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Motion processing in children with autism

Manning, Catherine (2014) Motion processing in children with autism. PhD thesis, UCL Institute of Education.

CManning_PhDThesis2014_Final.pdf - Accepted Version
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It has often been reported that individuals with autism process visual motion information atypically. This thesis uses psychophysical methods and a parent-report questionnaire to characterise better the nature of atypical motion processing in children with autism. In Chapter 1, I review the evidence for atypical sensory perception in autism, focusing on the processing of dynamic information. In Chapter 2, I show that children with autism are just as sensitive to speed information as typically developing (TD) children, but have elevated motion coherence thresholds specifically for slow stimuli. In Chapter 3, I analyse questionnaire results which suggest that children with autism have difficulties processing speed-related information in everyday life. In Chapters 4 and 5 I use an equivalent noise direction integration task alongside a standard motion coherence paradigm to determine whether local and/or global factors limit sensitivity to coherent motion information in TD children and children with autism. In Chapter 4, I show that the ability to average motion information drives age-related increases in coherent motion sensitivity in TD children. In Chapter 5, I present the unexpected finding that children with autism have enhanced integration of motion information compared to TD children. In an attempt to resolve discrepant motion coherence findings, I reveal that children with autism are equally susceptible to correspondence noise as TD children in Chapter 6. In Chapter 7, I discuss the importance of these findings within the context of current theoretical accounts, and suggest that we need a more nuanced account of motion processing abilities in autism. In particular, I argue that motion processing in autism may be characterised by increased integration and reduced segregation of signal from noise.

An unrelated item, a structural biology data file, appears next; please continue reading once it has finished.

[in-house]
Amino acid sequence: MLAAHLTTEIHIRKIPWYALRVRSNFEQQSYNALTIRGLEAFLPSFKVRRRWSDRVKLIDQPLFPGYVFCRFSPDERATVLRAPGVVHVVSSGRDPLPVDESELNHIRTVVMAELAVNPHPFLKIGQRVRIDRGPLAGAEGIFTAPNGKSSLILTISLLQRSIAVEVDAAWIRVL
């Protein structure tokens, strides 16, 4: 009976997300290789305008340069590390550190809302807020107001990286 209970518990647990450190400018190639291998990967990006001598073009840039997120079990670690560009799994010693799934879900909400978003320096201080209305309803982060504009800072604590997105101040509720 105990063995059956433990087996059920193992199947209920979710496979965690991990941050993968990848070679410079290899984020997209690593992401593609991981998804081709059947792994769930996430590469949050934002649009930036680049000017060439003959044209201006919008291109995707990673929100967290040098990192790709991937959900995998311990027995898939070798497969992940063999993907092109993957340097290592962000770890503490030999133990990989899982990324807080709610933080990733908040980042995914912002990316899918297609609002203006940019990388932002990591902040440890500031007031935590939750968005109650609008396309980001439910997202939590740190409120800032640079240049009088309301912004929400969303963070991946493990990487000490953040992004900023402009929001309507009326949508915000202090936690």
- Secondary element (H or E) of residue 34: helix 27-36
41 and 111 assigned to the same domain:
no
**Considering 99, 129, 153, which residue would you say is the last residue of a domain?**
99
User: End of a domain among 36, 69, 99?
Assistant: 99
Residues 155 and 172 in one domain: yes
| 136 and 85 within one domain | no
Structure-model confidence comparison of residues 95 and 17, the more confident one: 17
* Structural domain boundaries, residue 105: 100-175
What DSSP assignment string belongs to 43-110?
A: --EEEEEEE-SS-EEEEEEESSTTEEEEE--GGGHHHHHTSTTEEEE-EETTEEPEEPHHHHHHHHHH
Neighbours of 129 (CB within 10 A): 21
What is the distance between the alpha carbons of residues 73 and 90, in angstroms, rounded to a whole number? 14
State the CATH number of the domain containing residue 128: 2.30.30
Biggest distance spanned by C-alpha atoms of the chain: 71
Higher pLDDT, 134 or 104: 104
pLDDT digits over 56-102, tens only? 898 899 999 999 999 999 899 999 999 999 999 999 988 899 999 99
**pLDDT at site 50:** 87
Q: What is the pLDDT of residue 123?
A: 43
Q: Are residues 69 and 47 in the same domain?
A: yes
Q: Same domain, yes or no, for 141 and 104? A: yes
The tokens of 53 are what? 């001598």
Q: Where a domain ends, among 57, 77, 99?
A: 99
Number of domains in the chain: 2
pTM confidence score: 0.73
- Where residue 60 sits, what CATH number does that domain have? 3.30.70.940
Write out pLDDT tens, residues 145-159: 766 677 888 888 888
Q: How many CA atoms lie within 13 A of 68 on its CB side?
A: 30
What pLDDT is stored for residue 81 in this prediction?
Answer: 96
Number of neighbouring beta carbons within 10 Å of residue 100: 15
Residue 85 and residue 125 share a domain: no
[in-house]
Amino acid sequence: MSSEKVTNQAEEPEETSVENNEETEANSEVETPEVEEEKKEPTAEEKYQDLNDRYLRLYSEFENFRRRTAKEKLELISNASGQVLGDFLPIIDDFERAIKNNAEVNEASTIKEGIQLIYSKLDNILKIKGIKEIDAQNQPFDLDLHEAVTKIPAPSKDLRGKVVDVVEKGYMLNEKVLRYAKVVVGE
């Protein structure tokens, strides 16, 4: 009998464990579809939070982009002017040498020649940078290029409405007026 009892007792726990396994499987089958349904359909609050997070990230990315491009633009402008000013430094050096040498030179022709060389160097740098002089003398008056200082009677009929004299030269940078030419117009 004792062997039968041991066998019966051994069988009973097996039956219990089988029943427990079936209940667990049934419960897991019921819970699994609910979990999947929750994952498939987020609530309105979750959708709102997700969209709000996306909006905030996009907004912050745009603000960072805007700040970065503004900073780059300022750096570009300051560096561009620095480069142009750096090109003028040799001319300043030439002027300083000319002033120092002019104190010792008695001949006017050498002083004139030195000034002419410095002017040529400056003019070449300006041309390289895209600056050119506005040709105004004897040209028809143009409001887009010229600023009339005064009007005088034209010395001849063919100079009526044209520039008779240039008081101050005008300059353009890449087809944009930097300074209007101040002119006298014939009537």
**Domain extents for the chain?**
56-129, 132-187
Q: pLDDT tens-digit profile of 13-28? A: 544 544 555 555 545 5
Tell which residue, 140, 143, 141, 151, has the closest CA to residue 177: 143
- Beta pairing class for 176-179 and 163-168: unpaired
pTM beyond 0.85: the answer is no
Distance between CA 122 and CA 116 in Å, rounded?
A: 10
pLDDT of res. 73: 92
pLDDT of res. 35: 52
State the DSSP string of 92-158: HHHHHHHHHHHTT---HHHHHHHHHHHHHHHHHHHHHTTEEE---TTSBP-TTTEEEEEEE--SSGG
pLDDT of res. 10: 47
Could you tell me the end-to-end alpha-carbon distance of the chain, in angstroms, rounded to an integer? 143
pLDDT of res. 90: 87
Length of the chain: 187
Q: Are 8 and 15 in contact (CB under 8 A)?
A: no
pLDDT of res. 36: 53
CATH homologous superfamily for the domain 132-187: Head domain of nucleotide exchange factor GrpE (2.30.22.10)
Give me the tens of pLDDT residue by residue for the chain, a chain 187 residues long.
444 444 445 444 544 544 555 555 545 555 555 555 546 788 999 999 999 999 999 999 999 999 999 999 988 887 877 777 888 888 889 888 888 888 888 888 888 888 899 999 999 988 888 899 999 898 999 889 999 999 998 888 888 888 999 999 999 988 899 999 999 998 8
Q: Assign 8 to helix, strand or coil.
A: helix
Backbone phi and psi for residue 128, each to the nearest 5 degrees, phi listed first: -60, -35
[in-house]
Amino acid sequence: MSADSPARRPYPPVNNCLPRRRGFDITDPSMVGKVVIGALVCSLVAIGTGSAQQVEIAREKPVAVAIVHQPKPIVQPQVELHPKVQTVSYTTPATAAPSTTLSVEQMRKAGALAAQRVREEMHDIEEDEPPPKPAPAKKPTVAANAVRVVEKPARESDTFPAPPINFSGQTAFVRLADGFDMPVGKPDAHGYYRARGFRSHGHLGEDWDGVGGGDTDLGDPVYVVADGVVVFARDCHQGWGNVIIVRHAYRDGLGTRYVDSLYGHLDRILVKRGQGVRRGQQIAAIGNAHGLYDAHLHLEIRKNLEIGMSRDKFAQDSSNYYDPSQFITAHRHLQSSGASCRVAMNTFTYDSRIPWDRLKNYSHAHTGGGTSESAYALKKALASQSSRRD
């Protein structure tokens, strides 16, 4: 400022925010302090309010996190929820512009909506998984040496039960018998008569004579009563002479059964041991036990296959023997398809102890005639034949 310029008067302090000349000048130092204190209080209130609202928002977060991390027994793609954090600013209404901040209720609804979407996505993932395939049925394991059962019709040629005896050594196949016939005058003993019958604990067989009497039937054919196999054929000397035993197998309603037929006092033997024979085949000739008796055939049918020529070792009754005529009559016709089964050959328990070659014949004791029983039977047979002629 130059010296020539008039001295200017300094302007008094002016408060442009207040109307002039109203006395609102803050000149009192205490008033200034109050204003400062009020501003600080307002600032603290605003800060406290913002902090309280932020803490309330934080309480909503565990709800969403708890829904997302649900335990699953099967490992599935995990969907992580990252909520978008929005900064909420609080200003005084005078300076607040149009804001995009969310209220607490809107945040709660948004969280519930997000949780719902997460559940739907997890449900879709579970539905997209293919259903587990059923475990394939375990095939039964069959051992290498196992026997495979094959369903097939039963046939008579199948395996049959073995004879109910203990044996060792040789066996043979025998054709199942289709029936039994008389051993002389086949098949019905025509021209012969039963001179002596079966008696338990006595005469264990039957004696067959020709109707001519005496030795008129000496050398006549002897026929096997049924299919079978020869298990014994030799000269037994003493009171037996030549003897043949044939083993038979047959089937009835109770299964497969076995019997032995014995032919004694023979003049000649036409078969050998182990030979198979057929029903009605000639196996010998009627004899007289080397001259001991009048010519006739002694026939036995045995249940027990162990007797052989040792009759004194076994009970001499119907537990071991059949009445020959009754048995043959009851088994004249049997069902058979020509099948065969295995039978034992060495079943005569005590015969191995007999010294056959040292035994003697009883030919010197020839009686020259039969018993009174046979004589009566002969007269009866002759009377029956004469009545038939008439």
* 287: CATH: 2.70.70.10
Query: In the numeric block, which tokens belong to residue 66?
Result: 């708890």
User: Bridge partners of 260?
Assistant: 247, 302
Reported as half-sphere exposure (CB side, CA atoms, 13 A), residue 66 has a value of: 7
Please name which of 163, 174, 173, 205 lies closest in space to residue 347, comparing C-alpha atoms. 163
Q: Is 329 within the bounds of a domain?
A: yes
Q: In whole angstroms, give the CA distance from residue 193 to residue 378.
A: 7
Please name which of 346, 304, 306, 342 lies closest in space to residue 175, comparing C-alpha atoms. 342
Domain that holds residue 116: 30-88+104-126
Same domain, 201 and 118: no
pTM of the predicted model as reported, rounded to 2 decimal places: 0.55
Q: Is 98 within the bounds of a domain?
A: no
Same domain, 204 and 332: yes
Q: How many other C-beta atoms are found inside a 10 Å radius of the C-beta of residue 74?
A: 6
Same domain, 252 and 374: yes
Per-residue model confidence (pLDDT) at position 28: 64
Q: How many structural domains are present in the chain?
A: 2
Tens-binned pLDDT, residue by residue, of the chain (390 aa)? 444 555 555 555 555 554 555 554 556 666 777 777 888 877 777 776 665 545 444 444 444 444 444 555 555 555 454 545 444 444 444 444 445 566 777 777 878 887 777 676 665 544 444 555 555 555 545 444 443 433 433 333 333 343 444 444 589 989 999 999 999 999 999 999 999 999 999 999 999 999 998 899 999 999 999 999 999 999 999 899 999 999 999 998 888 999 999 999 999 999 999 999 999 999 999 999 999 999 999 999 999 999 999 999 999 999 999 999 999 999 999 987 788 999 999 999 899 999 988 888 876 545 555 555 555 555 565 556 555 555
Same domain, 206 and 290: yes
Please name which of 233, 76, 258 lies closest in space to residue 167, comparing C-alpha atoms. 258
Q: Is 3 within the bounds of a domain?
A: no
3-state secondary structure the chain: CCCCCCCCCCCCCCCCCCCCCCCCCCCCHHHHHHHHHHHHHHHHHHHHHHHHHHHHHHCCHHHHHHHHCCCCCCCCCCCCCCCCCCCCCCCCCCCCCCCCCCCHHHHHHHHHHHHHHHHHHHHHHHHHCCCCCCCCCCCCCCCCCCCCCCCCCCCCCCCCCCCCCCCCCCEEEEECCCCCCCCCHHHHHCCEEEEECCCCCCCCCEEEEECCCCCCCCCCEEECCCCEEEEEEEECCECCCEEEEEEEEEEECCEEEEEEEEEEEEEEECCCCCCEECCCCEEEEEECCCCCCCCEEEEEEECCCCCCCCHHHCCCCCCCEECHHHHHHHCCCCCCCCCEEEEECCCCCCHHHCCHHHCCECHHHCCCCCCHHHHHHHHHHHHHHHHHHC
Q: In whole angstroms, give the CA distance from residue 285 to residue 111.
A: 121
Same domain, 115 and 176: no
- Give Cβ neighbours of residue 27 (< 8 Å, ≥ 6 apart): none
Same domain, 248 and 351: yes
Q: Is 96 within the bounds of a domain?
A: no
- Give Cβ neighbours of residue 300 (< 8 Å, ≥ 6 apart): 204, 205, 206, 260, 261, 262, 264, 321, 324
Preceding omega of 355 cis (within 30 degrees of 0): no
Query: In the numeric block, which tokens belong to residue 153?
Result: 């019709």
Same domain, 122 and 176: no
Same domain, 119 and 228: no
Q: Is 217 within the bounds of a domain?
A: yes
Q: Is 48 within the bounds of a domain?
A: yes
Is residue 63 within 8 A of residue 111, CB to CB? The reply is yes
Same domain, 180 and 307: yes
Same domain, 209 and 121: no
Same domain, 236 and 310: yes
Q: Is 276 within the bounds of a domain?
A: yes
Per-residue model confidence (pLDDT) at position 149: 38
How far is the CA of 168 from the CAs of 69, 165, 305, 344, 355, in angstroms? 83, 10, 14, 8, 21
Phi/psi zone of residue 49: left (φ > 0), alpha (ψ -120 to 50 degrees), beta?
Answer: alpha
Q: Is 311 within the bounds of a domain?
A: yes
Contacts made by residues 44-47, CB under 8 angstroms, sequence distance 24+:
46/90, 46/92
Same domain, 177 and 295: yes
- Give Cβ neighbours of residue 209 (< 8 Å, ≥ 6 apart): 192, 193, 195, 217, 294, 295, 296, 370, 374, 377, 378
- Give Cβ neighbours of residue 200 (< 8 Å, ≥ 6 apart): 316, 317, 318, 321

Item Type: Thesis (PhD)
Controlled Keywords: Autism, vision, visual development, motion processing, speed, direction
Subjects: Departments > Psychology and Human Development
Depositing User: Mr Julian Zerfahs
Date Deposited: 22 Apr 2015 16:36
Last Modified: 22 Apr 2015 16:36
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